The three factors of notice, opportunity to investigate and prejudice are intertwined and may be considered together (Brewer v State of New York, 176 Misc 2d 337 [1998]). Movant alleges that Defendant was put on notice of its claim within the six-month time frame for commencing a breach of contract claim pursuant to § 10 (4) of the Court of Claims Act by the filing of a summons and complaint in State Supreme Court of Albany County on September 24, 2008 and personal service on the Defendant on October 2, 2008. Service of the Supreme Court action, however, was made on Buffalo State College and not on the Attorney General’s Office as mandated by the Court of Claims Act. Attached to attorney O’Hara’s affidavit sworn to on November 26, 2008, however, is a copy of a letter dated October 22, 2008 from Assistant Attorney General Michael J. Russo to Movant’s counsel regarding the complaint filed in State Supreme Court. Thus, within the six-month statutory period for commencing an action against the State in this Court, the Attorney General’s Office was aware that Movant intended to commence a breach of contract action arising out of the July 16, 2007 purchase order. Defendant had timely notice, an opportunity to investigate, and would not be substantially prejudiced if late claim relief were granted. These three factors weigh in favor of Movant’s application.

The next and often considered the most decisive factor is merit as it would be futile to allow a meritless claim to proceed (Matter of Santana v New York State Thruway Auth., 92 Misc 2d 1 [1977]). Movant must demonstrate that the proposed claim is not “patently groundless, frivolous, or legally defective” and that there is reasonable cause to believe that a valid cause of action exists (id. at 11). In support of its application, Movant provided the affidavit of Vicki Clark, Movant’s controller, who attested to the existence of a contract and the performance of the services ordered. Attached to her affidavit as exhibits are copies of the original purchase order and various invoices for services rendered. In opposition, Defendant’s counsel alleges upon information and belief that the understanding of the parties was unilaterally altered by Movant, that the invoices were noticed to the wrong entity, that Movant billed for services never approved by Defendant, and that the finance charges added by Movant exceeded the per annum percentage applicable to Defendant. These arguments would carry more weight if they had been attested to in an affidavit of a person with personal knowledge. At best, they raise questions of fact better suited to resolution at trial or by a summary judgment motion. Because Movant need not establish a prima facie case to prevail on a late claim application, and because it cannot be concluded on the evidence presented that a breach of contract claim would be groundless, frivolous or legally defective, the appearance of merit factor weighs in favor of Movant’s application.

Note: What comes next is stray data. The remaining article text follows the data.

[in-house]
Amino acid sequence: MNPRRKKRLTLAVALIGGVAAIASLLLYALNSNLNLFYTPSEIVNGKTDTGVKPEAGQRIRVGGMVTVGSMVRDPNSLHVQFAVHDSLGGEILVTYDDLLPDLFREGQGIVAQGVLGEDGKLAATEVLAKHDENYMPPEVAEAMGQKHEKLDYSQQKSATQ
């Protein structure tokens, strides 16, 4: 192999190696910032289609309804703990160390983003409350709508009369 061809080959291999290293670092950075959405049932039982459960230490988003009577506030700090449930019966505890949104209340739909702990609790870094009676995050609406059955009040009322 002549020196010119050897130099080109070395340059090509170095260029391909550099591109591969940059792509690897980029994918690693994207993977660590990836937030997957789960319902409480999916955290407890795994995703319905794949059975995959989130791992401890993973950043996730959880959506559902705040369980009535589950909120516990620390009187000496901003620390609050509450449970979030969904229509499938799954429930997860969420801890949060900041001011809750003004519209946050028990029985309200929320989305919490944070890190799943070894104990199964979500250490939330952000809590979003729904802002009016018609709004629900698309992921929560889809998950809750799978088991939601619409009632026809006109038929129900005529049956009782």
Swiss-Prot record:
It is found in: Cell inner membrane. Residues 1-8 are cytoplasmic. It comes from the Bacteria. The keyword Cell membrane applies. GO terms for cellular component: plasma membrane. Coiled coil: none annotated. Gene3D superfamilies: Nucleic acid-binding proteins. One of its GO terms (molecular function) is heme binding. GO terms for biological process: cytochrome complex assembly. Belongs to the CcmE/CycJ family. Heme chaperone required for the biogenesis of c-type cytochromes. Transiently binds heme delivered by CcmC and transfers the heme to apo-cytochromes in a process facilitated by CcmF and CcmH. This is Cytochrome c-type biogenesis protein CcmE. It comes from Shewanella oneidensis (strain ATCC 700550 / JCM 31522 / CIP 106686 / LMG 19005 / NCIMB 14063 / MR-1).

With respect to the final factor, Defendant argues that Movant may have a viable action in State Supreme Court. The possible existence of an article 78 proceeding, however, does not warrant an automatic denial of Movant’s application (see Roselli Movers v State of New York, 226 AD2d 616 [1996]).

Attached to attorney O’Hara’s November 26, 2008 affidavit as Exhibit D is a proposed notice of claim and a proposed claim naming Buffalo State College as the party Defendant. The proper Defendant, however, is the State of New York. Movant realized its mistake in this regard because attached to attorney O’Hara’s January 12, 2009 reply affidavit as Exhibit B is a revised notice of claim and a revised proposed claim naming the State of New York as the sole Defendant. Unfortunately, Movant is apparently still confusing practice in State Supreme Court against a municipality with practice in the Court of Claims against the State of New York. An action in the Court of Claims is commenced by the filing and service of a claim, not a notice of claim, and Court of Claims Act § 10 (6) only permits remedial relief to file and serve a late claim.[3]

After balancing the statutory factors, the Court is satisfied that they weigh in favor of Movant’s motion for permission to late file a claim. Movant is therefore directed to file and serve a properly captioned claim which is in conformity with §§ 10, 11 and 11-a of the Court of Claims Act within sixty (60) days after this decision is filed.



January 26, 2009
Buffalo, New York

HON. JEREMIAH J. MORIARTY III
Judge of the Court of Claims




[2]. An earlier invoice dated December 17, 2007 was paid by the Defendant (see Clark affidavit).
[3]. The Court of Claims Act, the Uniform Rules for the Court of Claims, and answers to frequently asked questions may be found on the Court’s website at www.nyscourtofclaims.state.ny.us.